0514: 378-8 (Lead by 48)
New man Graeme Swann sees out the rest of the over. England effectively now 48-8 and it is all but game over now in Ahmedabad.

WICKET! Broad c and b Yadav 3: 
Broad starts the over with a two to third man before Yadav bamboomzles him with one that flies past the edge, but Dhoni lets it through his legs and away for four byes. But next ball Broad gets a leading edge and it is the simplest return chance for the bowler. The end is nigh now for England...

0508: 372-7 (Lead by 42)
Broad gets off the mark with a single into the off-side as England gradually increase their lead.

0504: 371-7 (Lead by 41)
Yadav into the attack now and he is pushed through the gap at cover by Bresnan for a couple as he moves into double figures. The all-rounder then flicks one off his thigh-pad fine to the boundary for four. With runs crucial now these two might start to play a bit more positively.

0500: 365-7 (Lead by 35)
Stuart Broad is in and India have two new men at the crease now. It will take something special from England's tail to get England out of this predicament and Broad and Bresnan will have to do it. He survives an optimistic appeal for a bat-pad and it is 365-7.

WICKET! Cook bowled Ojha 176: Cook's vigil is over, as are England's chances. Ojha gets one to turn back into the left-hander and keep low a little, bowling the opening batsman. He could have got further forward there and it is the end of one of the greatest innings ever by an England skipper.

0454: 365-6 (Lead by 35)
Bresnan is getting a long way across his stumps to Zaheer, and he gets another two through mid-wicket. The Indian left-armer goes over the wicket and almost breaches the right-hander's defences. Almost, but not quite.

0448: 363-6 (Lead by 33)
Ojha drops a bit short and the stocky Yorkshireman Bresnan steers him away for a couple before taking a quick single. He is no mug with the bat, he has three first-class centuries at an average of 27.96, England could do with some runs from him today.

0445: 360-6 (Lead by 30)
India looking to target Bresnan with the slip cordon filled, but he plays his first ball from Khan with soft hands, also to third man for a single. England's captain fantastic steers a run of his own to third man, he now has 176 - the highest ever score by an England batsman while following on in a Test match. Bresnan adds another single, into the leg-side this time and the lead is 30.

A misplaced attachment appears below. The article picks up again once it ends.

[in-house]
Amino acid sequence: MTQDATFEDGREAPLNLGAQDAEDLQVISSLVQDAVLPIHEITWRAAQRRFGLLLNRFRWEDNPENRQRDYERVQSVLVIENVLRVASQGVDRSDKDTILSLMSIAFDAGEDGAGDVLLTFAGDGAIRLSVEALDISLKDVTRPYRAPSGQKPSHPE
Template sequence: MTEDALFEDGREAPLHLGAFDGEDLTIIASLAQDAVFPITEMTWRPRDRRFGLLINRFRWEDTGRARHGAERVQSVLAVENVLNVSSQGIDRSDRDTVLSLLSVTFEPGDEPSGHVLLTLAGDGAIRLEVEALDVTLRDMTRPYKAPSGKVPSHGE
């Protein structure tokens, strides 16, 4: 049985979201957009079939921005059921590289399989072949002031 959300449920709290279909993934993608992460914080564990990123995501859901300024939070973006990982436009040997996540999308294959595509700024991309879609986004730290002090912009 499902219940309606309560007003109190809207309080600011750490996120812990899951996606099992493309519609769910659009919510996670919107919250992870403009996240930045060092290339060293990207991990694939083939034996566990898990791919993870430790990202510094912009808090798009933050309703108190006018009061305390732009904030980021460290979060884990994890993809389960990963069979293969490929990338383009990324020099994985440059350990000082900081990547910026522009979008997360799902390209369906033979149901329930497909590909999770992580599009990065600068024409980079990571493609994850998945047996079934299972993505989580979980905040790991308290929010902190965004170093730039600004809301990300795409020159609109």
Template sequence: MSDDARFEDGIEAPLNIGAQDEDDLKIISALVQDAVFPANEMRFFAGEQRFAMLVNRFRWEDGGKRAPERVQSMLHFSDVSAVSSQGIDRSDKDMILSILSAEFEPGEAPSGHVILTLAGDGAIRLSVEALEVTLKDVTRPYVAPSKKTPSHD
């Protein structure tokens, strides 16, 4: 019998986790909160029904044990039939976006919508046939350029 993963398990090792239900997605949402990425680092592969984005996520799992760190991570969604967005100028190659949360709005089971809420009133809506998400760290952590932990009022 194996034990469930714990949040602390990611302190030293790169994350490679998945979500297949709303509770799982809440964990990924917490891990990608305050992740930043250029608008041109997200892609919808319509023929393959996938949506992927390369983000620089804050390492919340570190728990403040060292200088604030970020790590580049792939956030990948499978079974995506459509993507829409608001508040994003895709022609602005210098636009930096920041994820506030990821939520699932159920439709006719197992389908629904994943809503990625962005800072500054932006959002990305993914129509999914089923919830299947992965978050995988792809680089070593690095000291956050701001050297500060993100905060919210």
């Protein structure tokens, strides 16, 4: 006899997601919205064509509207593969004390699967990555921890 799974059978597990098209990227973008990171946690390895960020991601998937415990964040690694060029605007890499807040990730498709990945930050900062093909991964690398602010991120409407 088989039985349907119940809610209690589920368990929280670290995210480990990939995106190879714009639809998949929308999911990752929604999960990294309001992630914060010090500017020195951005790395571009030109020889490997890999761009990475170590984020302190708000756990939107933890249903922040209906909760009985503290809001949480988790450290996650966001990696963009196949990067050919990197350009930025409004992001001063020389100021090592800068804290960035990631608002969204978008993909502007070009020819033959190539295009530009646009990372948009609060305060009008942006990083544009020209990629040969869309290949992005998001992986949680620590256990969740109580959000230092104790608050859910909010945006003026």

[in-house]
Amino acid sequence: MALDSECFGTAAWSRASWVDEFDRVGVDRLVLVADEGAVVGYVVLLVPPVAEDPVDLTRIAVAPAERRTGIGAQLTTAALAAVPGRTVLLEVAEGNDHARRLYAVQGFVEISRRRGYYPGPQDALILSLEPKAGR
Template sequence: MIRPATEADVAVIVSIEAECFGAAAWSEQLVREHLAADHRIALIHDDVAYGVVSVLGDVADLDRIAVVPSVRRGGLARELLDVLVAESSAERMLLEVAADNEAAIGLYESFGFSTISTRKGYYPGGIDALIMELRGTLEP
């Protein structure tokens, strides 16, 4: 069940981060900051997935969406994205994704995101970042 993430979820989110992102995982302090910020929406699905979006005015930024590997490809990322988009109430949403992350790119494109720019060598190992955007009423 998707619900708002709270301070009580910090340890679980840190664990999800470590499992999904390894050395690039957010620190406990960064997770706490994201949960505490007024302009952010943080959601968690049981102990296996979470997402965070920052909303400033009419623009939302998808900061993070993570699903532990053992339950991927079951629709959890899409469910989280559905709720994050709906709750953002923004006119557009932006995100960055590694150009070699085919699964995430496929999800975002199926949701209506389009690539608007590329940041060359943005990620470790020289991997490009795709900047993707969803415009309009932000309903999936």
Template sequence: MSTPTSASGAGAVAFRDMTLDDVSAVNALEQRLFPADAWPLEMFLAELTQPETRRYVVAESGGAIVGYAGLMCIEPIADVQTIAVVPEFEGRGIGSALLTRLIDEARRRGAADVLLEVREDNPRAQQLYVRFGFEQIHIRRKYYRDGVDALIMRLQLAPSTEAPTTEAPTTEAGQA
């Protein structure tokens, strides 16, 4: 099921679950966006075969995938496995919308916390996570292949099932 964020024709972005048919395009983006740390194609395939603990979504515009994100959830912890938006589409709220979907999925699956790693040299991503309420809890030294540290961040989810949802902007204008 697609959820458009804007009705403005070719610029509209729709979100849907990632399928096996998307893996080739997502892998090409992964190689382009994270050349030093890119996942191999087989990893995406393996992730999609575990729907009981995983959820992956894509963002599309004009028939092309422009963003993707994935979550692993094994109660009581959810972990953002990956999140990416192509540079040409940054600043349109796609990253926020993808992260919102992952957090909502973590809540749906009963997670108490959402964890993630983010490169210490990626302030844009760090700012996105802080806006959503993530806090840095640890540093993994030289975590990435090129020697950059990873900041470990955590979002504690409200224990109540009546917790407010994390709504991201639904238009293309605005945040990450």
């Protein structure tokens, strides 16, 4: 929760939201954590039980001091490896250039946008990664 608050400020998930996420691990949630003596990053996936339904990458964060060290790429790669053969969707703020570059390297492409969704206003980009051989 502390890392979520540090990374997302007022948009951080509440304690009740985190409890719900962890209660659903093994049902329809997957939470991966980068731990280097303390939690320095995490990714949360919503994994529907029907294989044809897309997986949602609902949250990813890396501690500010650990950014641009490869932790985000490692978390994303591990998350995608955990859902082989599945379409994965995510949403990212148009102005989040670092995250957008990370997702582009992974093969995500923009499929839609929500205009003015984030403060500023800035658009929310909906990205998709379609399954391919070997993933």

0441: 357-6 (Lead by 27)
Tim Bresnan is the new man and he has a big job to do now if England are to get anything from this Test. He gets off the mark by guiding his first ball from Ojha to short third man for a single and his team now lead by 27.

WICKET: Prior c and b Ojha 91: Prior goes! His stoic resistance is ended when the ball appears to just stick in the pitch and he mis-times a back-foot drive which results in a tame return catch for Ojha. You don't drop those. Massive wicket, England in deeper trouble now, effectively 26-6...

0434: 356-5 (Lead by 26)
Cook doesn't look sure whether to leave or defend and it results with the ball passing the bat perilously close to the off-stump. Some poor glove-work from Dhoni gifts England two byes before Zaheer drifts onto the pads of Cook who guides it away down to the vacant fine-leg position for four.

0430: 350-5 (Lead by 20)
Cook picks up another single before Prior shows Ojha the full face of his bat for the rest of the over.

0426: 349-5 (Lead by 19)
Zaheer continues to be unerringly accurate and Cook brings up the 150 partnership with a clip into the leg-side. They're doing well here the tourists.

0423: 348-5 (Lead by 18)
Ojha whistles through another maiden thanks to some good work at mid-off by Sachin Tendulkar, much to the delight of the crowd.

0420: 348-5 (Lead by 18)
Good running by the pair earn Cook his first run of the day before Prior gets one of his own. The last ball strikers Cook on the pads, but is clearly slipping down the leg-side.

0415: Ojha continues with his left-arm spin and sends one past Prior's defensive lunge in an otherwise uneventful maiden over.

0413: Prior faces Khan for the first time and he gets it just where he likes it; it is wide outside off stump and the wicket keeper-batsman flays it away for four. Zaheer comes back well and pushes one across the Englishman and past his out-side edge. Prior ends the over with a single to move into the nervous nineties...

0408: Ojha gets the nod to take the second over and his first few balls are blocked by Prior before he nurdles a single to take England to an effective score of 11-5.

0404: Zaheer Khan will start us off and he runs in with purpose and sends down a beauty past Cook's outside edge to get English nerves jangling. Not that the Barmy Army know it, as they blast out 'Jerusalem' with some gusto while Cook plays out a maiden over.

0356: Welcome to the fifth day of an intriguing first Test between India and England at Ahmedabad. England fought back excellently yesterday, but are still precariously placed on 340-5, a lead of just 10 after being forced to follow-on 330 runs behind India. Captain Cook stands tall unbeaten on 168 with Matt Prior his able accomplice on 84.

29 September 2012

England Keep World T20 Hopes Alive With Comfortable Win Over New Zealand